Our unique brains result from our chatty sociability. Though debate rages concerning precisely why the human brain grew so quickly, most would agree with the anthropologist Terrence W. Deacon when he writes, “The human brain has been shaped by evolutionary processes that elaborated the capacities needed for language, and not just by a general demand for greater intelligence.”
In a classic feedback loop, our big brains both serve our need for complex, subtle communication and result from it. Language, in turn, enables our deepest, most human feature: the ability to form and maintain a flexible, multidimensional, adaptive social network. Before and beyond anything else, human beings are the most social of all creatures.
We have another quality that is especially human in addition to our disproportionately large brains and associated capacity for language. Perhaps unsurprisingly, it is also something woven into our all-important social fabric: our exaggerated sexuality.
No animal spends more of its allotted time on Earth fussing over sex than Homo sapiens—not even the famously libidinous bonobo. Although we and the bonobo both average well into the hundreds , if not thousands, of acts of intercourse per birth—way ahead of any other primate—their “acts” are far briefer than ours. Pair-bonded “monogamous” animals are almost always hyposexual, having sex as the Vatican recommends: infrequently, quietly, and for reproduction only. Human beings, regardless of religion, are at the other end of the libidinal spectrum: hypersexuality personified.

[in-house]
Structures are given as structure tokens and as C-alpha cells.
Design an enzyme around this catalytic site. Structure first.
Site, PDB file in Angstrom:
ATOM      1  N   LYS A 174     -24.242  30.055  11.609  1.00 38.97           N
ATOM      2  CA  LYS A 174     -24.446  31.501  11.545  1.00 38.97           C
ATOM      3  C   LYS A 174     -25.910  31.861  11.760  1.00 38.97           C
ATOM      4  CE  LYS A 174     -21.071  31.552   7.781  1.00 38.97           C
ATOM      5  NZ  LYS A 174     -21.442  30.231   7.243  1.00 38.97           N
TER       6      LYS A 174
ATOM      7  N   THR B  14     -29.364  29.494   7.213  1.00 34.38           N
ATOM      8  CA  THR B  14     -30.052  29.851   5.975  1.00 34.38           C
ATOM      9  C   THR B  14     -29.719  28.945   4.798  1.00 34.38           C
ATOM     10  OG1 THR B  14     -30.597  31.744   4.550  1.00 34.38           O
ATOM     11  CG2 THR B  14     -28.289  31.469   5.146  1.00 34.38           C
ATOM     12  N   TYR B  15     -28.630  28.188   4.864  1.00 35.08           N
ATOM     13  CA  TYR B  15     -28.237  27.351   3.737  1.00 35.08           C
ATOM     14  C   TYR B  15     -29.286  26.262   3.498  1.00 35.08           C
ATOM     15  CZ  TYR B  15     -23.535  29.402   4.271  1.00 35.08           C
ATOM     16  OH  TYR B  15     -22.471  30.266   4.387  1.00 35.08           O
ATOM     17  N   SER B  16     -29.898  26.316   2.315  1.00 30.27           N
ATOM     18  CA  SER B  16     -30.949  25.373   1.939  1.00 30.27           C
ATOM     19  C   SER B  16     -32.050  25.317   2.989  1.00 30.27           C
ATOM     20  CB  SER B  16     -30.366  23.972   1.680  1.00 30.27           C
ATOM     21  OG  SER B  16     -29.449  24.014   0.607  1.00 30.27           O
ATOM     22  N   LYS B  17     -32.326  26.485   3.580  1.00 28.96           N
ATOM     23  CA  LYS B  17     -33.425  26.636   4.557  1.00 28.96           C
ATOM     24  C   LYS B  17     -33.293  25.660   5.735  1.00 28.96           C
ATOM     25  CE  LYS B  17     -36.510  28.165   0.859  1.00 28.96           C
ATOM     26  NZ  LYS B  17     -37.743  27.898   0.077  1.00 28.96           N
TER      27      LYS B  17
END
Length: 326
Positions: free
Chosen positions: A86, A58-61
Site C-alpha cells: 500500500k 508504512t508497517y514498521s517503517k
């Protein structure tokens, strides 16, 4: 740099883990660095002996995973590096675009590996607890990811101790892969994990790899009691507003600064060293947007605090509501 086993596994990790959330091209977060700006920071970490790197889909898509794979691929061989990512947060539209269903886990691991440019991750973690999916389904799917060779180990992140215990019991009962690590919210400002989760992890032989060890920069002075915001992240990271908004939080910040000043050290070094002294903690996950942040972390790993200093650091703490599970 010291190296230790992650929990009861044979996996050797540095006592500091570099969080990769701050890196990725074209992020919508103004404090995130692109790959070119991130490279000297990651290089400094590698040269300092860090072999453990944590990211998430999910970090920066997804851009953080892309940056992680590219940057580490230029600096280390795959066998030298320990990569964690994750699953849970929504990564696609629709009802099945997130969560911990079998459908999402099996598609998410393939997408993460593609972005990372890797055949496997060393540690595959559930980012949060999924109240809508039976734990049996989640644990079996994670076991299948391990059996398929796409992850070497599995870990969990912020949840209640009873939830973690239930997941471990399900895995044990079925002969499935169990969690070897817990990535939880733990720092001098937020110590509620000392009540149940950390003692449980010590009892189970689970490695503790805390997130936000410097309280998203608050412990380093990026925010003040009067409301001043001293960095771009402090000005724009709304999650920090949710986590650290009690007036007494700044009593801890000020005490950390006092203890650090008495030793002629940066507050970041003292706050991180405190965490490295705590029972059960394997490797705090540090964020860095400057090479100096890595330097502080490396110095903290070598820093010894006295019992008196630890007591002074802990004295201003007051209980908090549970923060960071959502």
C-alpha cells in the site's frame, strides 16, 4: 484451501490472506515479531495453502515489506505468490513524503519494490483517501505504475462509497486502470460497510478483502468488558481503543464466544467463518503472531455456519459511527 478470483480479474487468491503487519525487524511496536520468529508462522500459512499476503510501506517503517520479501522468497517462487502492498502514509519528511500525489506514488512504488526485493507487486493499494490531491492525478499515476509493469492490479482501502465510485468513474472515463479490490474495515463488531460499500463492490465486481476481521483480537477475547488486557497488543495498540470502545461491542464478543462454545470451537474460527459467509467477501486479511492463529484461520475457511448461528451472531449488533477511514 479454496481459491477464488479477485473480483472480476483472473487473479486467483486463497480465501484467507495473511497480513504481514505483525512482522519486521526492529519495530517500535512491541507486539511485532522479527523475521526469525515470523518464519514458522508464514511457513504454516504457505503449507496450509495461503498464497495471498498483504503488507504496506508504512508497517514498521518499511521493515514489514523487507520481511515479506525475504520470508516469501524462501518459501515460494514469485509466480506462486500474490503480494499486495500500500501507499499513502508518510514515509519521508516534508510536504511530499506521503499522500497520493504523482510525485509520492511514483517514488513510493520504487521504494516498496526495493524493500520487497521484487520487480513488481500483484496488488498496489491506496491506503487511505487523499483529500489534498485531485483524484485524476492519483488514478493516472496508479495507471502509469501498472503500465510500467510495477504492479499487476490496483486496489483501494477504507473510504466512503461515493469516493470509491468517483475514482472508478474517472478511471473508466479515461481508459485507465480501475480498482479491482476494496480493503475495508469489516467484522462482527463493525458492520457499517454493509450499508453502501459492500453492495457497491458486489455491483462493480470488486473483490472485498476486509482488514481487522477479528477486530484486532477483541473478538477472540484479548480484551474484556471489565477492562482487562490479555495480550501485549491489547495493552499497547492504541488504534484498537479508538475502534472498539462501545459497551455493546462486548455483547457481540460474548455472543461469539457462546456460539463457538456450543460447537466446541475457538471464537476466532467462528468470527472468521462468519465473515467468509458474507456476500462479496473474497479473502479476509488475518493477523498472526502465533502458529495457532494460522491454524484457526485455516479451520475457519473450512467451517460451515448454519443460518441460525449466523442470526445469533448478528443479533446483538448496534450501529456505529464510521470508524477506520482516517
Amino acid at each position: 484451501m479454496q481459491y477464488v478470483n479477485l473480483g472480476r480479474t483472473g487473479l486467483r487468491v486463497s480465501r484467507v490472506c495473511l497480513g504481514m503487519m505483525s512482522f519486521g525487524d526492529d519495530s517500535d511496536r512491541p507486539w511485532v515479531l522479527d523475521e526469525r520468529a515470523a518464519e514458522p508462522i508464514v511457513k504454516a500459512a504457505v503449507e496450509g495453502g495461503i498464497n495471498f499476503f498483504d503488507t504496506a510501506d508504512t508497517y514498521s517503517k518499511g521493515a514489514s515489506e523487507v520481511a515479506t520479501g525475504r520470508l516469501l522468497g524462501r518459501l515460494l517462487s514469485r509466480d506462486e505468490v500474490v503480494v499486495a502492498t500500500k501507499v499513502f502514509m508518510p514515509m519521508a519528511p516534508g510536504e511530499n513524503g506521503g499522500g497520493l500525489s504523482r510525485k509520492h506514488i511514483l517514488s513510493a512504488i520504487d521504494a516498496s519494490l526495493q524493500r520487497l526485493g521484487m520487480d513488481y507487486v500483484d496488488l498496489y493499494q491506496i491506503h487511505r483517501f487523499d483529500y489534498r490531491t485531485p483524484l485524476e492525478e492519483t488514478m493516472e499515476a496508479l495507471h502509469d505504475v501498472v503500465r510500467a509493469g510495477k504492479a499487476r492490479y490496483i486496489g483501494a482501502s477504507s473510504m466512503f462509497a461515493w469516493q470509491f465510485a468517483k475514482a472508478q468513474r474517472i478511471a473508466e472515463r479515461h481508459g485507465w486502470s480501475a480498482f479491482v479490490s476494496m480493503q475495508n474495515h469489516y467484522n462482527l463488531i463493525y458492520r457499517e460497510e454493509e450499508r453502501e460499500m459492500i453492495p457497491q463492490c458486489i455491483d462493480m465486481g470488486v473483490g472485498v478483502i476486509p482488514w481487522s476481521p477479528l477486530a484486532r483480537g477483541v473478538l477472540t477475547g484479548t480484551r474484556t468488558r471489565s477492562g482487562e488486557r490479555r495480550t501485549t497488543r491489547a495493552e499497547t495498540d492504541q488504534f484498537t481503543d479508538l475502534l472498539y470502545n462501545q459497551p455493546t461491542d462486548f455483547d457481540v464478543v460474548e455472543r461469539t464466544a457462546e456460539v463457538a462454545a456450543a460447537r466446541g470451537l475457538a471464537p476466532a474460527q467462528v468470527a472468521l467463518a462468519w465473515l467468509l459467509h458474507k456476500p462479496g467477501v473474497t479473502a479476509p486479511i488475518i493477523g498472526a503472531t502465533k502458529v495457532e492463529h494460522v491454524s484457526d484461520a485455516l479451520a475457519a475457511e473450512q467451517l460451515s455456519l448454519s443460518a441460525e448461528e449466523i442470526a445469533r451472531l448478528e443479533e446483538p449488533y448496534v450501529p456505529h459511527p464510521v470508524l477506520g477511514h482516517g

Human beings and bonobos use eroticism for pleasure, for solidifying friendship, and for cementing a deal (recall that historically, marriage is more akin to a corporate merger than a declaration of eternal love). For these two species (and apparently only these two species), nonreproductive sex is “natural,” a defining characteristic.
Does all of this frivolous sex make our species sound “animalistic”? It shouldn’t. The animal world is full of species that have sex only during widely spaced intervals when the female is ovulating. Only two species can do it week in and week out for nonreproductive reasons: one human, the other very human like. Sex for pleasure with various partners is therefore more “human” than animal. Strictly reproductive, once-in-a-blue-moon sex is more “animal” than human. In other words, an excessively horny monkey is acting “human,” while a man or woman uninterested in sex more than once or twice a year would be, strictly speaking, “acting like an animal.”
Sex at Dawn
Ryan and Jethá 2010